What are the tax implications of buying a vacation home?
Before buying a vacation property, you should be aware of tax implications and other important considerations.
Provincial Property Transfer Tax
The Property Transfer Tax (PTT) is charged whether you buy undeveloped land, a second home, a strata property, or fractional ownership.
Even if you’ve never before owned a home, you won’t qualify for the First-time Home Buyers’ Exemption program because the home isn’t your principal residence.
BC Speculation and Vacancy Tax
The Speculation and Vacancy Tax applies in taxable regions including Metro Vancouver, the Capital Regional District, Abbotsford, Mission, Chilliwack, Kelowna, Nanaimo, and Lantzville.
The tax rate varies depending on:
- the owner’s tax residency; and
- whether the owner is a Canadian citizen or permanent resident of Canada, or a member of a satellite family.
It applies based on ownership as of December 31 each year. There are exemptions.
Vancouver Empty Homes Tax
If you buy a vacation home in the city of Vancouver, you’ll be charged the Empty Homes Tax at a rate of 3 per cent for the tax year, unless the property is:
- Used as a principal residence by you, a family member or friend, or other permitted occupier for at least six months of the tax year.
- Rented for residential purposes for at least six months of the current year, in periods of 30 or more consecutive days.
- Meets the criteria for one of the exemptions.
You can determine if the Empty Homes Tax applies to you.
Vacation homes as rental properties
- If you plan to rent their vacation properties, make sure rentals are permitted. Stratas may not allow rentals as outlined here.
- Some municipal bylaws also restrict rentals and impose specific conditions. For example, Whistler has Temporary Tourist Accommodation Regulations.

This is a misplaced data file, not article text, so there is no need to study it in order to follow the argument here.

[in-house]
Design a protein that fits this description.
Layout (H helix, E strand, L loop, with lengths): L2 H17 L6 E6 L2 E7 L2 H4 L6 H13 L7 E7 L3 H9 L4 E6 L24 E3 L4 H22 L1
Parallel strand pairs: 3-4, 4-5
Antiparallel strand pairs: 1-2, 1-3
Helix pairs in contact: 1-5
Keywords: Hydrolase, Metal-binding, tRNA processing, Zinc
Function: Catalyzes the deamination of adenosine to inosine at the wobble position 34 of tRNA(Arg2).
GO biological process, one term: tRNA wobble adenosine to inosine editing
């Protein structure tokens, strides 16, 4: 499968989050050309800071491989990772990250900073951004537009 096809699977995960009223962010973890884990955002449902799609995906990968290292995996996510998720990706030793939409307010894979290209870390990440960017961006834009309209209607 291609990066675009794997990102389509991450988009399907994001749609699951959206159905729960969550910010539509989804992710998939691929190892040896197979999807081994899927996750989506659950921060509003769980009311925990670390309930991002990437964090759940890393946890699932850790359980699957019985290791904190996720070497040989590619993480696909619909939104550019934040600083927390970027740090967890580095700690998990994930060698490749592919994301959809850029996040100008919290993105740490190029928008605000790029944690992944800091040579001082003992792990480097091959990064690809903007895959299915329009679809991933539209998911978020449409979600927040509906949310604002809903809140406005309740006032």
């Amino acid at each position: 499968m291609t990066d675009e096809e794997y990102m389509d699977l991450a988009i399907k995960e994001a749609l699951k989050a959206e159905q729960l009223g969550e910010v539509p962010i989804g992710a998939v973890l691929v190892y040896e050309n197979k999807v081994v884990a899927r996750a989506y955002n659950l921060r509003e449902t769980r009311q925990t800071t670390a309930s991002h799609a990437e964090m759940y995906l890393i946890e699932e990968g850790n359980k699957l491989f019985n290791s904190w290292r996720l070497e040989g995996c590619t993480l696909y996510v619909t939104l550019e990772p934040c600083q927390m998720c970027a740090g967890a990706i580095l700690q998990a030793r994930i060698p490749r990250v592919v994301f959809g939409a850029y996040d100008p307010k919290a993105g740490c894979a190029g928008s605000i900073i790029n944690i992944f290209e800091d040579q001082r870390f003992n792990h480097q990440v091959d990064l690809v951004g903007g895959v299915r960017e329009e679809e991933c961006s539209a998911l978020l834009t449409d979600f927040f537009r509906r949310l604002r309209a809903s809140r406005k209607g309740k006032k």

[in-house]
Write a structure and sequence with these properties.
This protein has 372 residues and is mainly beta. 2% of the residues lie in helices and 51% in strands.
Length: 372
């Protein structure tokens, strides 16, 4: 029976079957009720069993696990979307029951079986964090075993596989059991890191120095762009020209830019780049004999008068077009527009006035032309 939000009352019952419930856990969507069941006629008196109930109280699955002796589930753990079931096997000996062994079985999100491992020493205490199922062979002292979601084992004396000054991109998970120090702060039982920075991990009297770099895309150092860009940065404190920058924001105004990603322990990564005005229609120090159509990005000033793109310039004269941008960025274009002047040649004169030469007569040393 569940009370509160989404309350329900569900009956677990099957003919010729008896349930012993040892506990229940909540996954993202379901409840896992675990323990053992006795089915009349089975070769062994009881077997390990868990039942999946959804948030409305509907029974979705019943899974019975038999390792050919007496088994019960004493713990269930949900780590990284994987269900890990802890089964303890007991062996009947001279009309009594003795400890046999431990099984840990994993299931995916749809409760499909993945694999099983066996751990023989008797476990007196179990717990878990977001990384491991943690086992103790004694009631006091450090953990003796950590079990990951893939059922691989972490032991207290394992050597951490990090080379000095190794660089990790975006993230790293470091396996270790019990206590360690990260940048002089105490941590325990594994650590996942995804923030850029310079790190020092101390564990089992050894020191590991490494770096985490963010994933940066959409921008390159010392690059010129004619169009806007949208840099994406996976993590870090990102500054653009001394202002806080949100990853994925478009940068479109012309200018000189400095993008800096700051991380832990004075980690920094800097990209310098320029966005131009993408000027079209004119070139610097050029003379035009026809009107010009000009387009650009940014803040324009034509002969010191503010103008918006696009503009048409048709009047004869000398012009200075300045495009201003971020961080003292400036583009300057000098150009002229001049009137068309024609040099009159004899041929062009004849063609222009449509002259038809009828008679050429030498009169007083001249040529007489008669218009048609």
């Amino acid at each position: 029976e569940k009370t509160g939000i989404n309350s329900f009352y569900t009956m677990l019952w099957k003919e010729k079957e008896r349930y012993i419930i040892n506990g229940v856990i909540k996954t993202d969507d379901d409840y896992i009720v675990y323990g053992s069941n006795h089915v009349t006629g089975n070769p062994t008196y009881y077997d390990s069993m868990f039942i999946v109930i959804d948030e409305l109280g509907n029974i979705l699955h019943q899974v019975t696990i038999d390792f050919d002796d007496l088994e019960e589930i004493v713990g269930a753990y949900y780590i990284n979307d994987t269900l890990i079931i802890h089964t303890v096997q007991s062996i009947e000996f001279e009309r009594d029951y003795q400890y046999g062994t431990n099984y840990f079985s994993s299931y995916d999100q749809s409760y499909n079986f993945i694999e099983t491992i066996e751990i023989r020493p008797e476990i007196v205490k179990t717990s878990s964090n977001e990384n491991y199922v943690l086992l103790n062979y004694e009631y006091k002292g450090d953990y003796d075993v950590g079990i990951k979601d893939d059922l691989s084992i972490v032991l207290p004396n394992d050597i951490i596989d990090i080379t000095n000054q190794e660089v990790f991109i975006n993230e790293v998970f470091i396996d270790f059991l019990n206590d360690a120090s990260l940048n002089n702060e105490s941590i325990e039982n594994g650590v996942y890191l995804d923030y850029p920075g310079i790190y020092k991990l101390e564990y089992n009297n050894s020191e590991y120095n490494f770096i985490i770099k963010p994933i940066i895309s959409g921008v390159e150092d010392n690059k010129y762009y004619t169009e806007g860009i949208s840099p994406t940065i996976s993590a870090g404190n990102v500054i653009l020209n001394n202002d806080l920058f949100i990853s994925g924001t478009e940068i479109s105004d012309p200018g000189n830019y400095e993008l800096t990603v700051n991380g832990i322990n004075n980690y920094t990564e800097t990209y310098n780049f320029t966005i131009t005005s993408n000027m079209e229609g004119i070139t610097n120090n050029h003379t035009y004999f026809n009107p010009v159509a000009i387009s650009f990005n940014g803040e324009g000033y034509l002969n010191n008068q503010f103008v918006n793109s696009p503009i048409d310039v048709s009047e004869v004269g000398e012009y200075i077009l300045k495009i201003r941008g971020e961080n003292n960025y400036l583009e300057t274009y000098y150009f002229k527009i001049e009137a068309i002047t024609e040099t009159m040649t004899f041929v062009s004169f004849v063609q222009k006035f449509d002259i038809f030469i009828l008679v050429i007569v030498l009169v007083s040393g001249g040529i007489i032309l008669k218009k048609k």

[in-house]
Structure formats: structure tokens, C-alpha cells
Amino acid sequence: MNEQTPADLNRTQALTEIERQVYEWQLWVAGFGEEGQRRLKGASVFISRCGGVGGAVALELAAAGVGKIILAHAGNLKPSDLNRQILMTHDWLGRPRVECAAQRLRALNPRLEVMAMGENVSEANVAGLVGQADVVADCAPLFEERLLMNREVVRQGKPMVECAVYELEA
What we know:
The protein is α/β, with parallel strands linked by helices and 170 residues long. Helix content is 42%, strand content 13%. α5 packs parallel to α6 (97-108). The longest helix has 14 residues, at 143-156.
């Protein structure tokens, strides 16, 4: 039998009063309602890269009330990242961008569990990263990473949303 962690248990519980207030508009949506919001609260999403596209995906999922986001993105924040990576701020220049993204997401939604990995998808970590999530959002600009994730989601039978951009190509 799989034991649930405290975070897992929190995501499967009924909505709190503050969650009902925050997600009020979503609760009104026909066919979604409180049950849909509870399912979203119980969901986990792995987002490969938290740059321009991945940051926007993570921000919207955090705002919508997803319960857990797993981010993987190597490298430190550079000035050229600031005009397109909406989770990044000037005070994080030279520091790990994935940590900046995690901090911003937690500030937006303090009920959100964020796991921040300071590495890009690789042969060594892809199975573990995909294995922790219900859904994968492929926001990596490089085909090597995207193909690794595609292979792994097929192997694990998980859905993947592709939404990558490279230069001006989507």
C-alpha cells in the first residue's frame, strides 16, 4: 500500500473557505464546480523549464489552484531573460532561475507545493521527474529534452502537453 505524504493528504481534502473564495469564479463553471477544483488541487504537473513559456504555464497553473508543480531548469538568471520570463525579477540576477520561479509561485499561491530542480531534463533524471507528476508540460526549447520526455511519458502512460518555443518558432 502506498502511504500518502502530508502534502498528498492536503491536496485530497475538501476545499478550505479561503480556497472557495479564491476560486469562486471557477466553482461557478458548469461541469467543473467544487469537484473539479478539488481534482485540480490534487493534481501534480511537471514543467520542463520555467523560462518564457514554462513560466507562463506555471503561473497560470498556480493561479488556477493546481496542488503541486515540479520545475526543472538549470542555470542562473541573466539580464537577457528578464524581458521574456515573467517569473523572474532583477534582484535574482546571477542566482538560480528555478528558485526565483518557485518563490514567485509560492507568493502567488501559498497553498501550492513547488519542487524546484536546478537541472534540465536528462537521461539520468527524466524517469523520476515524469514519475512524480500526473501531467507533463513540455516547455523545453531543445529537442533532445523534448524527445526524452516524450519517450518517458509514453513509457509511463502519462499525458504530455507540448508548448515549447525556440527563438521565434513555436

There are significant tax differences between:
- occasionally renting a vacation property such as a cottage; and
- buying a vacation property as an investment property to rent.
You must keep detailed records and receipts to document net rental income (revenue less expenses).
Expenses could include advertising the rental property, cleaning, maintenance, repair, utilities, property taxes, property management, insurance, and accounting fees.
You may also have to register for a GST number since the GST applies to rentals. For detailed information, read this Canada Revenue Agency (CRA) information.
If you’re using a property as an investment, you may be eligible to claim the Capital Cost Allowance (CCA) for rental property.
You may also be eligible for a GST/HST new residential rental property rebate.
As the property owner, you must complete Form T776 Statement of Real Estate Rentals and if applicable, Rental Losses.
Federal capital gains tax
As the property owner, you must pay Capital Gains Tax on a second property (non-principal residence) when the property is sold or transferred.
For example, if someone buys a small Whistler condominium for $500,000, and a decade later the property is valued at $750,000 when they die, the capital gain is $250,000. Half of that amount, or $125,000, is taxable.
However, if this person’s spouse is still alive, ownership can be transferred to them. Known as a spousal rollover, this transfer can delay capital gains taxes.
Vacation property buyers should seek professional advice from Revenue Canada at 1-800-959-8281.